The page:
Thursday, November 29, 2007

That Luang Festival

That Luang is the most important national symbol of Laos. Pictures of the stupa are found on Lao money, stamps, crests, seals and all important documents. A stupa is a monument that houses an important item. Tradition says that That Luang holds a piece of the breastbone of the Buddha from the 3rd centruy BC.

Each November at the time of the full moon there is a big festival at That Luang. This year we attended and joined tens of thousands of people to celebrate the last evening of a week-long celebration. There was lots of great food, music, dancing and fireworks.

On the night we were there, there was a wien thien (circumambulation) around That Luang but the crowds were too thick for us to get inside the main entrance. So we just watched the fireworks from the parade grounds in front.

Here is a group of MCC visitors visiting That Luange before the festival started.

The different levels of the stupa are decorated with 120 lotus petals and 30 smaller stupas.

The main tall spire is 4-sided and is made to resemble an elogated lotus bud. The lotus in Buddhism represents human nature because it grows out from the muddy lake bottom to bloom beautifully on the surface. The belief is that when people have been enlightened through Buddhism, they become beautiful, like the lotus flower.
The monument is covered in gold-leaf and was re-guilded in 1995.

Friday, November 23, 2007

Luang Prabang Oranges

Here are some of the smallest, tastiest oranges that we've ever encountered. They come from Luang Prabang Province in the north of Laos. They have to be cut from the tree leaving part of the stem because if they are picked in the normal way, the skin of the orange breaks open and exposes the fruit. So they always appear in the market with leaves and a bit of stem.

You can easily fit one whole orange in your mouth at once. They taste so good that you'll eat more than one at a sitting.

Wednesday, November 07, 2007

Trip to Tha Thom District

October 29-November 2, 2007

MCC is working towards starting a new food security project in Tha Thom district in Xieng Kuaeng Province in Laos. This is our second trip to the district and we are now collecting data to write a funding proposal. We are looking at ways to help people get enough food to eat and have access to clean drinking water.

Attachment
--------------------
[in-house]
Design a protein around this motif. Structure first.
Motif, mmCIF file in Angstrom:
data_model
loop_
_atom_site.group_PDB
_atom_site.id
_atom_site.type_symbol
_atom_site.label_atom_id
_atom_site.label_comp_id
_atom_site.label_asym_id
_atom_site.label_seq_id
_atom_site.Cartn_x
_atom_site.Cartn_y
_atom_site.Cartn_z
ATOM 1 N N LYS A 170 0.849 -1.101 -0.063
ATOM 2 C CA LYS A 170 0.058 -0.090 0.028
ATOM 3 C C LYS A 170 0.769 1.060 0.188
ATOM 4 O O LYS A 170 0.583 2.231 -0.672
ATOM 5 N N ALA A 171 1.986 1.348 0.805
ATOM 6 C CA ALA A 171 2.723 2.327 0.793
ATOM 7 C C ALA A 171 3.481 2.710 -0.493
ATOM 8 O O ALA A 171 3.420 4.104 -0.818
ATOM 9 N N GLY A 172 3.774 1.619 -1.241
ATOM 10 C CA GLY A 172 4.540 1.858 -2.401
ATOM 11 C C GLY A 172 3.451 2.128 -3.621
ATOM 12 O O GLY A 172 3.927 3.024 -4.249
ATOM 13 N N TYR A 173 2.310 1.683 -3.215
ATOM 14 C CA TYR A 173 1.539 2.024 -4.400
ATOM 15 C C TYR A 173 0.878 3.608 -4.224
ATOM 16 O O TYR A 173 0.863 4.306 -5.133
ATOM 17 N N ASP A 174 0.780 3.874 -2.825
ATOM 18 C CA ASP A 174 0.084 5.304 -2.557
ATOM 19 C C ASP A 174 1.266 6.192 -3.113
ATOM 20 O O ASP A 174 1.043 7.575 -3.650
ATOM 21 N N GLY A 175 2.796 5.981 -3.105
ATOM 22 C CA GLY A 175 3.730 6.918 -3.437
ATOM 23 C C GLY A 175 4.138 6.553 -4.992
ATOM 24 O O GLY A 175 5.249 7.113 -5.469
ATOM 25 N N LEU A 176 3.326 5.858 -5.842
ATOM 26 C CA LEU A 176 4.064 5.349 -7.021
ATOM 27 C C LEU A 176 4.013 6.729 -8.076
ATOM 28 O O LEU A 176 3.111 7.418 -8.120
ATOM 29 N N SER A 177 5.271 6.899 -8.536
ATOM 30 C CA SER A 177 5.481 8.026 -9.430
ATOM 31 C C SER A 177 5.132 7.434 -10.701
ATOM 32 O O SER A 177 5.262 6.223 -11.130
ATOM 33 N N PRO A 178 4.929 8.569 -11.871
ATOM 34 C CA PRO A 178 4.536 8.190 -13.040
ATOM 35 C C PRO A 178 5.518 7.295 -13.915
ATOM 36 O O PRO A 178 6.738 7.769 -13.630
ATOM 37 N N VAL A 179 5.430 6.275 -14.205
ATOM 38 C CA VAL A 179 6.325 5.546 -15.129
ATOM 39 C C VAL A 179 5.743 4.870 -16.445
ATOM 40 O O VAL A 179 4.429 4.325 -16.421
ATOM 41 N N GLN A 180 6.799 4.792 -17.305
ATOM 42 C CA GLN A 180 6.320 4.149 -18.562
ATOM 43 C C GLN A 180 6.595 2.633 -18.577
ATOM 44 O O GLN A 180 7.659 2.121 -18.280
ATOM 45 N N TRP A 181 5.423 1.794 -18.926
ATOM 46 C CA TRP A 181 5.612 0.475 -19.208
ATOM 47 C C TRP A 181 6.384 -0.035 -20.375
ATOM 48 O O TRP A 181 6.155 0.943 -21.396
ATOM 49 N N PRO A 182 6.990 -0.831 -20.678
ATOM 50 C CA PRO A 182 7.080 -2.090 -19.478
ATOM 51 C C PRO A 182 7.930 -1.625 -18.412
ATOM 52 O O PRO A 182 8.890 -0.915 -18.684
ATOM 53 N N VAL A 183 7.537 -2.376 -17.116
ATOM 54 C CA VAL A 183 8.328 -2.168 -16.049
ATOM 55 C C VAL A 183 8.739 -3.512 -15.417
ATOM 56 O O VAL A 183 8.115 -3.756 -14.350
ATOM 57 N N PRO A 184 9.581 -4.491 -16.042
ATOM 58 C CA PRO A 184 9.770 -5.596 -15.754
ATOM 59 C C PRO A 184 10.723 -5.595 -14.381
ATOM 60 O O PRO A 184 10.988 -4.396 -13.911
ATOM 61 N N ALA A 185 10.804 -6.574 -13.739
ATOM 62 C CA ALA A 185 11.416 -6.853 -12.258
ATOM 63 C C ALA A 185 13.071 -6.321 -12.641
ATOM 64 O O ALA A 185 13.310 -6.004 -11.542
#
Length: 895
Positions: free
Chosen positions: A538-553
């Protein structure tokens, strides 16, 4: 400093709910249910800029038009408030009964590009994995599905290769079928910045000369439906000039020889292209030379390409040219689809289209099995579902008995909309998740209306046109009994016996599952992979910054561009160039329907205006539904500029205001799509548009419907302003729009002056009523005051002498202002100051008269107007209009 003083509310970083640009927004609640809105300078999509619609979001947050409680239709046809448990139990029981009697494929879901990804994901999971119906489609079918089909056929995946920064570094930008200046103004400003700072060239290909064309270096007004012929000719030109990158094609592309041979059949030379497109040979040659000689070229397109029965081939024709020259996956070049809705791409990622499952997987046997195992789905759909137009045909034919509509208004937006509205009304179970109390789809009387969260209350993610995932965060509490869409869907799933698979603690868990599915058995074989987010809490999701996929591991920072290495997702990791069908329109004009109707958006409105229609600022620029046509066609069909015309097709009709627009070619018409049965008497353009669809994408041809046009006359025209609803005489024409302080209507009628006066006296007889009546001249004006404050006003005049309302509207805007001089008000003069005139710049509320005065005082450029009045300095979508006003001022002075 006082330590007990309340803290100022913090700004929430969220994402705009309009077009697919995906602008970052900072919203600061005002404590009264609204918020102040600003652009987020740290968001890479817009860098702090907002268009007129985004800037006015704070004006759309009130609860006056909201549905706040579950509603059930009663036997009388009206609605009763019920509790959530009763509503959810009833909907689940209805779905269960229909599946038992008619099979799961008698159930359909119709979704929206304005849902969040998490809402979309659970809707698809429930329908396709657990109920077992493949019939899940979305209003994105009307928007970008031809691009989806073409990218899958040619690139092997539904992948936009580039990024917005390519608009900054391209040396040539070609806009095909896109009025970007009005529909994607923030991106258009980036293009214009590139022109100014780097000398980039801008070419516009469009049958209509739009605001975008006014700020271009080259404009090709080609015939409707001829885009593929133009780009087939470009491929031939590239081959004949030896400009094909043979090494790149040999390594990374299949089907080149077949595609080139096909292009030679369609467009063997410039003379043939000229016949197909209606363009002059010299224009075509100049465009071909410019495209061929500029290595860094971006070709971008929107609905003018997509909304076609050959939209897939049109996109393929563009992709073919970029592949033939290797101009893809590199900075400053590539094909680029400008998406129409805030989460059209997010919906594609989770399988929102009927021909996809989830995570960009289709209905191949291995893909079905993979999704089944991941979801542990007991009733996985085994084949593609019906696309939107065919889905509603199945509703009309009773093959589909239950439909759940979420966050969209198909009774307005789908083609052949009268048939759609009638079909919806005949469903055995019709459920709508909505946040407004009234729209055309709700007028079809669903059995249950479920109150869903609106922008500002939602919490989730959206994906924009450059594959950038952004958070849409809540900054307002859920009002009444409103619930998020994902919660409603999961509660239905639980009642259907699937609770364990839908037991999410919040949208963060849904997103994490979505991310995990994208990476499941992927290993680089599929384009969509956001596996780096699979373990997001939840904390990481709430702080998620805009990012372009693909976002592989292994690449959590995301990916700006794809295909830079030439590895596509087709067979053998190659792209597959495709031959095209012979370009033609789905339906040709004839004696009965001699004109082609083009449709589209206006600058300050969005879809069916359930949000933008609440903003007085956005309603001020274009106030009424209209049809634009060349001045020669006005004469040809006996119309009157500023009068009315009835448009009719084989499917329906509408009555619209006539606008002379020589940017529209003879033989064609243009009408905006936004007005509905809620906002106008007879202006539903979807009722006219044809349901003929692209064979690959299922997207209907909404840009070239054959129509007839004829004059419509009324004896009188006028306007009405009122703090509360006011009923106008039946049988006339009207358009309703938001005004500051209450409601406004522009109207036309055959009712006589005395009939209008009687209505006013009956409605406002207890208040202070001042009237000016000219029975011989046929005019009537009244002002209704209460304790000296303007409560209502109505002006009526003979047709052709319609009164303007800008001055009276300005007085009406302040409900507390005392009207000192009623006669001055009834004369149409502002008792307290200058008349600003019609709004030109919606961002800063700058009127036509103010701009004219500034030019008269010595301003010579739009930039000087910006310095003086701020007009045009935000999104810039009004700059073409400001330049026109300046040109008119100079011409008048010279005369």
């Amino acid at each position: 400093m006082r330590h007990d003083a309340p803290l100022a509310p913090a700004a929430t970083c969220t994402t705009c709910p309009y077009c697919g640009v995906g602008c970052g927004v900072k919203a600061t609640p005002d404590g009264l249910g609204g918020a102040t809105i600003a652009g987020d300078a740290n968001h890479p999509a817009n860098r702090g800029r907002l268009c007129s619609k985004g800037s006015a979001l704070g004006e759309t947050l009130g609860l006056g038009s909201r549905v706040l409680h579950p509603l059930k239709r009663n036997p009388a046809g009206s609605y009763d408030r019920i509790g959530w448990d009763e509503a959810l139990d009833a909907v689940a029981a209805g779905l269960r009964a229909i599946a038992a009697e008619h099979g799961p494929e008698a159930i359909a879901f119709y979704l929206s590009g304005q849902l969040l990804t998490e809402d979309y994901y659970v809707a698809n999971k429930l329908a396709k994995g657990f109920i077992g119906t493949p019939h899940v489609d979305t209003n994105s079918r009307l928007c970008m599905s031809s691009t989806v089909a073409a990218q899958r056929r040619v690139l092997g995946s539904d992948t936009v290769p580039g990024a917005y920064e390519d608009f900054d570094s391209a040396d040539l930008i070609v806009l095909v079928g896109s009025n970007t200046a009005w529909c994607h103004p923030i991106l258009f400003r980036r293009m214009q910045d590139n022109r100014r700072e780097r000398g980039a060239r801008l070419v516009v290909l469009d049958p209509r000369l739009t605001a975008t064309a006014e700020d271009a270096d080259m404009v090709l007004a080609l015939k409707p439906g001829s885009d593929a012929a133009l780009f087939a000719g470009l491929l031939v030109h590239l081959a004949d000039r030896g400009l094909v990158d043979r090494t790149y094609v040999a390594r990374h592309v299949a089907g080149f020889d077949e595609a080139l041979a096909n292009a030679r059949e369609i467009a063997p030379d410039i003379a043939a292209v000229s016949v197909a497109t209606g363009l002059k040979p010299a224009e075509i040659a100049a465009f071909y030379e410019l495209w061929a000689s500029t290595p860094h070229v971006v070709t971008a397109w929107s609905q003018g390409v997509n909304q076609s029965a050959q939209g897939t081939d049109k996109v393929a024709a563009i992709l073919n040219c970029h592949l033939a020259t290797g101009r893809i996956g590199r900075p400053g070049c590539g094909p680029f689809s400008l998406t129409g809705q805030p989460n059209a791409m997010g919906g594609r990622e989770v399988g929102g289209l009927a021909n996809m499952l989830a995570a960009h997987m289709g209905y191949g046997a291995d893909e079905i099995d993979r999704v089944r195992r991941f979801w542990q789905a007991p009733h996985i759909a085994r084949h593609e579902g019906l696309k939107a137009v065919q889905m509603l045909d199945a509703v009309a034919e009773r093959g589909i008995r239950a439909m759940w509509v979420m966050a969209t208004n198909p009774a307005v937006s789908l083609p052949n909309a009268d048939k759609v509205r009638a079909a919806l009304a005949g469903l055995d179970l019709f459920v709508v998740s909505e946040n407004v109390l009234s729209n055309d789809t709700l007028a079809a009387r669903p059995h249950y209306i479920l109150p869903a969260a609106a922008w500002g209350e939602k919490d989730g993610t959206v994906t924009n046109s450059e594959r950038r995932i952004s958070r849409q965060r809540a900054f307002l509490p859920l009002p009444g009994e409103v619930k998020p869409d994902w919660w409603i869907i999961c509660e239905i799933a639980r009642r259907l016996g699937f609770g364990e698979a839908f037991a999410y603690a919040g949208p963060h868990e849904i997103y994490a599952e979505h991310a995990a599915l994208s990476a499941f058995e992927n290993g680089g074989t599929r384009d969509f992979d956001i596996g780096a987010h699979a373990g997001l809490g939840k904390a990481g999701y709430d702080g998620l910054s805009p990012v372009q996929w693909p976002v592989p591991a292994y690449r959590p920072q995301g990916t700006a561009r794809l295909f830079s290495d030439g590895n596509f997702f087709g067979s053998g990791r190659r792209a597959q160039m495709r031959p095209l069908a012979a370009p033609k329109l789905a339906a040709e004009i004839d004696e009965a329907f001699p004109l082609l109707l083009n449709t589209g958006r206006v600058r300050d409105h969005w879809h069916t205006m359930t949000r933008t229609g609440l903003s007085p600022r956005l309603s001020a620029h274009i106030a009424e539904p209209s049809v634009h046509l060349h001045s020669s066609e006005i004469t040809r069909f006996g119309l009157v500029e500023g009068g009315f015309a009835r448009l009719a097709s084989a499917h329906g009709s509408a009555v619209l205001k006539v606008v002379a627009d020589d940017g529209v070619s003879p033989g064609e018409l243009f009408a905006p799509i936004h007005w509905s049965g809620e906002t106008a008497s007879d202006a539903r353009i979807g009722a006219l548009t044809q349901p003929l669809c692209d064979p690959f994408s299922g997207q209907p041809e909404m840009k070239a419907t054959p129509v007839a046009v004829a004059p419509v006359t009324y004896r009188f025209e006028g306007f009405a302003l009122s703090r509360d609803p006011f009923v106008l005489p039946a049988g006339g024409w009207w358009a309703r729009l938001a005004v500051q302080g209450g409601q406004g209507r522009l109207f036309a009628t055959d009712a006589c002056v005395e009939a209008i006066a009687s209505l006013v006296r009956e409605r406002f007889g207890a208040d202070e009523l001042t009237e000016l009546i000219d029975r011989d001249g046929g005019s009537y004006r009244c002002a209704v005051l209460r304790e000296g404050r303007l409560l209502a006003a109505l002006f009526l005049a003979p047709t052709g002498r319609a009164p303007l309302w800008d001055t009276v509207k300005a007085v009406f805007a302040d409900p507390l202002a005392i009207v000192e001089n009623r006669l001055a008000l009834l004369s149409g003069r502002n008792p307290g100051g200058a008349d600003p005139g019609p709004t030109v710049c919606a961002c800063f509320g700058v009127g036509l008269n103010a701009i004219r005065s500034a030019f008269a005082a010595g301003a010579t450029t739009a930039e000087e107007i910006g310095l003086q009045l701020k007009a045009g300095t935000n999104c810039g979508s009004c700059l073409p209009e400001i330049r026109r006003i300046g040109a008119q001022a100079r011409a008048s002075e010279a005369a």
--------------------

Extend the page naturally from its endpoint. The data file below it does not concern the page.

The district is about five hours away from the capital. We had to ford three rivers to get there.

A rice grainery and straw storage hut in front of paddy land. The harvest has begun, but the fields in the background aren't ripe yet. The wooden frame in the foreground is protecting a seedling from cows.

This is a photo of the river we used to get to a cluster of villages. There are four villages which are being administered under one chief. The boat ride took one hour in each direction. On the return trip it was getting dark, hence the dark photo.

A view from the guest house front door in the early morning mist. Since there is no electricity I went to bed early and got up early.

This is a boy from one of the poor families we visited. He wasn't melancholy the whole time, I just caught him in a moment while he was thinking.

This is a woman we visited. She doesn't have enough rice for the entire year. She is a hard worker but has trouble making ends meet. She is finding it difficult to feed her children and would be in grave difficulty if someone in her family were to get sick, as there is no extra cash to pay for medical help.

We spent a great deal of time in village meetings like this one. We asked many questions about food security ad family income. Without the forest, everyone would be starving. Unfortunately, the district is having trouble denying logging companies from taking trees. The villagers themselves get no payment for logs, as they technically don't own the forest they live off of.

All of the villagers we talked to get extra income from a medicinal plant found in the forest. There is a Korean company that buys these roots and makes them into anti diarrhetics. The problem with getting extra income this way is that the villagers are over harvesting this root and are going further and further afield to get it. Women carry bundles of sticks like this that weigh up to 60 kilos for ten kilometers or more. The woman in this picture is a government worker from Vientiane - and couldn't lift the bundle.

One unfortunate event on this trip was having gasoline put into the diesel tank. One of the government counterparts from the district office volunteered to get under the car and drain the fuel tank for us. One of he village mechanics came with his motorcycle to help out.

Here is a typical kitchen. The fire is made inside the house that is on stilts. This kitchen had a cupboard for a few dishes (on the right), but basically this is all there is to be found in the kitchen. There is no consideration made for the smoke from the fire, so kitchens are usually quite black.